When you think about Somalia, you’re probably thinking about one thing: pirates. It’s the country’s most famous cottage industry. People who can’t point to Somalia on a map know that the word that comes after Somali is pirate. If that’s the extent of your knowledge, you’re not alone. Much of the world knows precious little about Somalia; much of it had never been visited by a journalist, given the region’s reputation for violence against the foreign media, until the 25-year-old Jay Bahadur travelled there in 2009 in search of a story, a story that became his first book The Pirates of Somalia: Inside Their Hidden World, which in turn, became the basis of Dabka.
The film starts back in 2008, where Jay Bahadur, played by Evan Peters (X-Men: Apocalypse) is doing market research for napkins while his dreams of becoming a journalist are being treaded on by rejection letter after rejection letter. After a chance meeting with a veteran reporter played by Al Pacino, who tells him to forgo journalism school and instead go some place insane, Jay decides that he wants to go to Somalia. After making a few phone calls, Jay finds himself on a two day plane ride to Somalia as the guest of the president’s son. Escorted by his translator Abdi, played by the Captain Phillips breakout Barkhad Abdi, Bahadur becomes the first westerner to see what life is truly like in Somalia, simply because he was the only one willing to go.
Dabka, which gets its name from the Somali word for ‘fire’, succeeds at a lot of what it sets out to do, which is, first and foremost, to tell the story of Somalia in a way that puts the country and its people front and center. The film is shot primarily with actual Somali refugees, a response to a complaint leveled by a bride of one of the pirates who says that none of the Somali in Black Hawk Down were actual Somali people. The film paints Somalia not as a war zone, but as a vibrant country with a rich culture, a young democracy finding its footing. Even the pirates are not presented as some monolithic menace, but rather an aspect of the culture with some seeking to protect Somali fishing grounds and others declaring war on any ship in Somali waters.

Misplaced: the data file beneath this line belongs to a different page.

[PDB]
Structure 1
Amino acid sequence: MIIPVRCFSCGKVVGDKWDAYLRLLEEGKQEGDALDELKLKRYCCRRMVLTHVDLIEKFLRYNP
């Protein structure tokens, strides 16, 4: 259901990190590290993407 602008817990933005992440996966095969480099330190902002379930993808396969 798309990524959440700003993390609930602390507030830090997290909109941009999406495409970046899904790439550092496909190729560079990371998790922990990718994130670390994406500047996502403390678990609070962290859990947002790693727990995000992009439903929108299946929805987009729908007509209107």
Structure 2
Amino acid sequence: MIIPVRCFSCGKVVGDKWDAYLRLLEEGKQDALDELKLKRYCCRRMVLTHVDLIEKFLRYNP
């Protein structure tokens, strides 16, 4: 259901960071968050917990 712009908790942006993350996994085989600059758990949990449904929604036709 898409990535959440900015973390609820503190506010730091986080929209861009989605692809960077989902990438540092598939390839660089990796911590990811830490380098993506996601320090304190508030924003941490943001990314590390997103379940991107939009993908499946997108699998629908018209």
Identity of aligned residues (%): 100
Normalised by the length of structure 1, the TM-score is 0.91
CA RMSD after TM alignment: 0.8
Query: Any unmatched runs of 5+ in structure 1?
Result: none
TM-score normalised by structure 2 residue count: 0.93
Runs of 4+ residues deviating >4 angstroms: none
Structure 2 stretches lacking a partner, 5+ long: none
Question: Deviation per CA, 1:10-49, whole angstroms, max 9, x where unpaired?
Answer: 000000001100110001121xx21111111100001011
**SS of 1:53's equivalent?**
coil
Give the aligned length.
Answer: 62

But while it might provide a balanced and respectful look at Somalia, Dabka never really comes together as a compelling narrative. Writer / director Bryan Buckley (The Bronze) never settles on what tone the film should have, deciding instead to try a bit of everything. The result is a film that is at times broadly comedic but also takes itself quite seriously. There’s an attempt here for Buckley to have his cake and eat it too. Dabka employs voice over narration delivered by Peters, who openly mocks films that utilize voice over narration. Self-reflexivity isn’t the kind of thing you can slip in and out of at will while retaining a cohesive feel.
Evan Peters does an admirable job as Jay Bahadur, although the script doesn’t allow him the kind of emotional transformation he’s capable of. For a man experiencing transformative events, we don’t see Jay change very much. Buckley toys with the notion that Jay becomes addicted to khat, a local drug used to ply pirates to speak. Because the film makes dramatic jumps in time its difficult to chart where he is on his emotional journey, or if he’s even going on one at all. He does grow a very unappealing beard though. Peters is at his best with Abdi, playing a very different kind of Somali this time around. He’s no less memorable here and the friendship between the two men is, in many ways, the heart of the film. Al Pacino is little more than a distraction, but it’s nice to see him play a character that doesn’t eat the scenery.
The climax of Dabka shows the events of the Captain Phillips hostage situation from the Somali perspective. Following the killing of the pirates, Jay finds himself the target of pirates looking to kill a westerner in retaliation, prompting a hasty exit from the country. It’s an exciting sequence that only lasts a few minutes, which illuminates a larger problem with the film. Because the film is constantly moving from plot point to plot point, Buckley has difficulty maintaining any real sense of tension, resulting in a film that feels both too long and not nearly long enough. Perhaps this too is the result of trying to be too many things at once. You can’t make something that’s half iced tea and half hot coffee – the result is just tepid sludge.
Verdict: 2 out of 5
Dabka benefits from some really compelling subject matter and strong performances from Peters and Abdi. Somalia is a country not enough people know enough about and Buckley’s film is an earnest attempt to give the young democracy some fair exposure. It’s very easy for Africa to seem otherworldly, and so any attempt to humanize these peoples and provide context to their cultures should be seen as a good thing. There are just too many aspects of Dabka that don’t come together to make it an outright success.